Preschool has become a pretty standard entry into the world of education for American children. According to surveys conducted by the Annie E. Casey Foundation, roughly half of American children of appropriate age participated in a preschool program in the years 2008-2011.
Schools vary with regard to the youngest classes offered, and there is a great variance among preschool-aged children with regard to maturity, development, and readiness to benefit from the preschool environment.
So what are some things you could look for to help decide if your little one is ready to learn with friends?
1. Physical development. If your childcare provider is also a preschool, they may offer flexibility on requirements like potty training. However, most preschools require that children be fully potty trained to attend. If your child is still working toward independence in this area, he probably needs a few more months to gain consistency before enrolling. Check out iMOM’s Potty Training Tips for help with the process. Your child also needs to be able to eat without major assistance, as a preschool teacher can’t hover over everyone at once during snack time.
2. Social development. Does your child interact well with other children? If he or she has been at home with you since birth, make sure you provide a “soft” introduction of group play scenarios before dropping her off for a full morning of sharing, taking turns, and other things that preschoolers must do. Organize some group play dates with an organized game or activity to see how she handles the dynamics of group participation.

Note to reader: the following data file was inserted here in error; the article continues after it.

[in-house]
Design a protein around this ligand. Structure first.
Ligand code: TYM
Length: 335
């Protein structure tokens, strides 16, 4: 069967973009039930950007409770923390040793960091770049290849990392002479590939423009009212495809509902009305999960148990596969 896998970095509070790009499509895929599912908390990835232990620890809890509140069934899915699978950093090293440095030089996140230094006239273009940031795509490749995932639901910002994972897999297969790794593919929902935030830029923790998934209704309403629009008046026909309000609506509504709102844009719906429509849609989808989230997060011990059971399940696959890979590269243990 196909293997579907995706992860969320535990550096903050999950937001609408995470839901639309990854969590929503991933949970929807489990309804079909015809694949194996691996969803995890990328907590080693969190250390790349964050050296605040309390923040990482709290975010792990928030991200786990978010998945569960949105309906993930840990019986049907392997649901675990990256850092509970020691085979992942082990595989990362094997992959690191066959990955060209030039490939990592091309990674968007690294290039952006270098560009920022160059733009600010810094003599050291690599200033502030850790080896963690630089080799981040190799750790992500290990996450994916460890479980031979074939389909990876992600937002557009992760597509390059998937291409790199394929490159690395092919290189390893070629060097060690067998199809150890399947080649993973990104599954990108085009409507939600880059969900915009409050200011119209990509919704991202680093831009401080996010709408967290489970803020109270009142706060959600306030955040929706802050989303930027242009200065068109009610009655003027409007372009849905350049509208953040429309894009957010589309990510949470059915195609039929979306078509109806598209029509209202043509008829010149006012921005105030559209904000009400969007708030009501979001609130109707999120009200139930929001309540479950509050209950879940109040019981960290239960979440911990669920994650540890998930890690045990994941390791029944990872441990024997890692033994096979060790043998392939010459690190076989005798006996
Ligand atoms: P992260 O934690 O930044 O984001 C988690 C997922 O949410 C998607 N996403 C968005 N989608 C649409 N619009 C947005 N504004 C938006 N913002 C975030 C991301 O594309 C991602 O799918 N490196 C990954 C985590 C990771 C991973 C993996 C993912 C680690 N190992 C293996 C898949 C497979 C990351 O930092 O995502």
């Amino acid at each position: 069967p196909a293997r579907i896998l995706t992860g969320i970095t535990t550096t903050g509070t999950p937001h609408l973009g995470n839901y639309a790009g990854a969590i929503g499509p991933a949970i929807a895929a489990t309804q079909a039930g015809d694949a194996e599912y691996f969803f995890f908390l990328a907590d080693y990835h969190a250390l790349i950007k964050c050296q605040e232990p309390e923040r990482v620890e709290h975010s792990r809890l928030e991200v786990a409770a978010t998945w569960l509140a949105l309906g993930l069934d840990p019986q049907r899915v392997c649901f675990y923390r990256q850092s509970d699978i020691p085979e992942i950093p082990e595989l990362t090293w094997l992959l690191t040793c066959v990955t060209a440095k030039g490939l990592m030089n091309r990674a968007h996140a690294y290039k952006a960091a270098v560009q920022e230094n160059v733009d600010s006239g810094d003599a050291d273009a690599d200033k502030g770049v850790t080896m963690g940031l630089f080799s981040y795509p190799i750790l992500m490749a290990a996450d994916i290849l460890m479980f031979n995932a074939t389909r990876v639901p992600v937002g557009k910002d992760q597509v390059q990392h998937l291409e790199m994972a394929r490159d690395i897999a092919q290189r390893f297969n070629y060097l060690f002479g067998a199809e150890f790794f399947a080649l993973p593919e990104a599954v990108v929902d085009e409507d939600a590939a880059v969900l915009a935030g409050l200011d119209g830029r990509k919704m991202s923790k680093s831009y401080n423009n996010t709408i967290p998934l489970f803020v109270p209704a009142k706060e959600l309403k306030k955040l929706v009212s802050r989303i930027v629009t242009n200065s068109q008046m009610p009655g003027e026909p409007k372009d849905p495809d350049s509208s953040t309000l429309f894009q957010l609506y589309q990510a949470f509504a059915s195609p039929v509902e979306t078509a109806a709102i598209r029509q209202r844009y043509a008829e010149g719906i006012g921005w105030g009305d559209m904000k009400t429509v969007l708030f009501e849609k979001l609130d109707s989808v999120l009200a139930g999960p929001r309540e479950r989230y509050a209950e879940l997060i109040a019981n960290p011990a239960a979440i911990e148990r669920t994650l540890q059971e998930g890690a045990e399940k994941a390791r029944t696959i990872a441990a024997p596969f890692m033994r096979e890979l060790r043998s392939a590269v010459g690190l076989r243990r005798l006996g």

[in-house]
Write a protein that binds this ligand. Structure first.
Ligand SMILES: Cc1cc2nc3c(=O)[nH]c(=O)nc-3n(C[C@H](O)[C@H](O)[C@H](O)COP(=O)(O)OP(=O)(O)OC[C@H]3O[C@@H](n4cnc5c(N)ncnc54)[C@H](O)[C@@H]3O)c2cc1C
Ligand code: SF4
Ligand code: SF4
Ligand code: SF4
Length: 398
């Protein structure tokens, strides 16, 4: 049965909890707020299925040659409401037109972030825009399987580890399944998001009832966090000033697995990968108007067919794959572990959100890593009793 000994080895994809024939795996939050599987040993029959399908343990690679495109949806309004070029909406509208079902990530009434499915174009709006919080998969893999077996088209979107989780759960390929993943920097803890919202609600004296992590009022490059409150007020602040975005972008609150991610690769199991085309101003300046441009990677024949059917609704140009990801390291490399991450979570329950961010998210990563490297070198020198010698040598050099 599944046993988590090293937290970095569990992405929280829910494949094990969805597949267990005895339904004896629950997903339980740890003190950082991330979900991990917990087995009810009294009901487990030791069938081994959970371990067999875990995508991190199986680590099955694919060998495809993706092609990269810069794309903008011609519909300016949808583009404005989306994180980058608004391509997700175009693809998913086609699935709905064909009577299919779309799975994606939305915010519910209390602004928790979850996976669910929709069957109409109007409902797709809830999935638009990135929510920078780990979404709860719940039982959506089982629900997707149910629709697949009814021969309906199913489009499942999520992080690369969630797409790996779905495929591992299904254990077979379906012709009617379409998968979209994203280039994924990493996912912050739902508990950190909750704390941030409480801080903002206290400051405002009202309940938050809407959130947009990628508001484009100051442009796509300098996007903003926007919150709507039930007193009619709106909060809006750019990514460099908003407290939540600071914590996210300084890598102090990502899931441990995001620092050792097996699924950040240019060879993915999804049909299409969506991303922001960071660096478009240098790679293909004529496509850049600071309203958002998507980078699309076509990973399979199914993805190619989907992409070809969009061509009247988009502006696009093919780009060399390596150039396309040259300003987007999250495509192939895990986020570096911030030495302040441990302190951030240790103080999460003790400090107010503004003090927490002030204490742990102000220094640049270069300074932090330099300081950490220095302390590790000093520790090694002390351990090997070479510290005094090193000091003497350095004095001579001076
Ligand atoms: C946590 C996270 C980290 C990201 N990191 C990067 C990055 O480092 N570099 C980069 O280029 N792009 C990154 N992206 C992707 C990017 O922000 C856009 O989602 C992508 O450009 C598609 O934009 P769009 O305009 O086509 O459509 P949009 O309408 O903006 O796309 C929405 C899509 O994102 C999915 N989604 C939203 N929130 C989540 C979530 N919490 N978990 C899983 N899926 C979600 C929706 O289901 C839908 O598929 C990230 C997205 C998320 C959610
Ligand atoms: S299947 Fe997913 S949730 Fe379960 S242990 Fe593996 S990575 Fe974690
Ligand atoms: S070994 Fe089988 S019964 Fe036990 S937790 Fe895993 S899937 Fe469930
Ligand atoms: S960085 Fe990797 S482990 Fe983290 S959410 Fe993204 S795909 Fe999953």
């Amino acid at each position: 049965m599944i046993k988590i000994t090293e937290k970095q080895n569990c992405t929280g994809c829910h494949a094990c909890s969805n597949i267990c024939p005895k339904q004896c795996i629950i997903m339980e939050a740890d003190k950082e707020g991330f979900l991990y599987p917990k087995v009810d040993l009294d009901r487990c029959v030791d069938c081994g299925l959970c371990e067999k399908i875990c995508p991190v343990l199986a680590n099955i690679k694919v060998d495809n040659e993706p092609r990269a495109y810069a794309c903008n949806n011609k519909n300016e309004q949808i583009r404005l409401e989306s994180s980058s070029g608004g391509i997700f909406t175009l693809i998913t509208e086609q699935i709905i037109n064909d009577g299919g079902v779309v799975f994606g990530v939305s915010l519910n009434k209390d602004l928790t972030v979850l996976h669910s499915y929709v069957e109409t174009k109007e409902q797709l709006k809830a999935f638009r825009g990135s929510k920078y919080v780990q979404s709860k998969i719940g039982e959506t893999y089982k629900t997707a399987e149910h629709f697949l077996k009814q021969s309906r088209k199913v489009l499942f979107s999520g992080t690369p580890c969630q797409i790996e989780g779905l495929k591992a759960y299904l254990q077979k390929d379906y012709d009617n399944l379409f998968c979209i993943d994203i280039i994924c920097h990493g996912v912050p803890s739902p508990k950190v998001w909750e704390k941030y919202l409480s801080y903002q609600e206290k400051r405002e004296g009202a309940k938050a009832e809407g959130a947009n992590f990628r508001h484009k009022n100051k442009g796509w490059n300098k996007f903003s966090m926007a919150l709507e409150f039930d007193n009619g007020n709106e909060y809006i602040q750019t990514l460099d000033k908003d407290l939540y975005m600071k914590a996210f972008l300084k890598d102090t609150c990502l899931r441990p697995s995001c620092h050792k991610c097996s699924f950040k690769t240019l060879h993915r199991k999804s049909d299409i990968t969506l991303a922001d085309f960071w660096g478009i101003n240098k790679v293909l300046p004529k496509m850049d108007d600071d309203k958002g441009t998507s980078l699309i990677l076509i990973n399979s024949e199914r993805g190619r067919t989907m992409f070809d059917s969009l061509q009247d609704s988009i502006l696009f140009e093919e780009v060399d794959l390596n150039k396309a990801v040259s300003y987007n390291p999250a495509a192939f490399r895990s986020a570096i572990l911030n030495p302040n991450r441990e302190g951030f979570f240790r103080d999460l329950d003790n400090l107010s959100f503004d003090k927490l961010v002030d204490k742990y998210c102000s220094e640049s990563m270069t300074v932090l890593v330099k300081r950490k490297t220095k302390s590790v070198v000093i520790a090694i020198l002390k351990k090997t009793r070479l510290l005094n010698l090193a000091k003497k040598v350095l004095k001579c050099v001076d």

3. Obeying authority. Does your child understand that mom and dad sometimes give another adult authority to guide and care for them, and that he or she must be obeyed? Learning to respond to authority and follow the rules set forth in the preschool classroom will be essential for your child’s success.
4. Educational interest. Your child’s level of interest and enthusiasm for learning may also help you decide whether preschool is a good option. Children who love playing games geared toward learning the basics like letters, numbers, and colors will likely thrive in a preschool classroom which offers even more opportunity. The child who still has no interest in such things, however, may find a morning full of it too much.
5. Scheduling. Having your child on a regular schedule for sleep, meals, and naps will be essential to arriving each morning at preschool rested and ready to learn and play. If you still don’t have an established pattern for these things in your home, spend a few months establishing them so that your little one can adjust.
Remember, there are a variety of types of preschools out there, and you might want to look around before deciding what’s best for your child at this stage. Rather than starting out with a full schedule, consider a program which offers classes just two or three mornings per week, so that your little one can adjust to the new environment without becoming worn out too quickly. Remember, one of the primary goals during these years is to help your child learn to love school. Don’t get too focused on academic benchmarks or progress until the kindergarten year when expectations become more defined and children are developing vital reading skills.
Dana Hall McCain writes about marriage, parenting, faith and wellness. She is a mom of two, and has been married to a wonderful guy for over 18 years.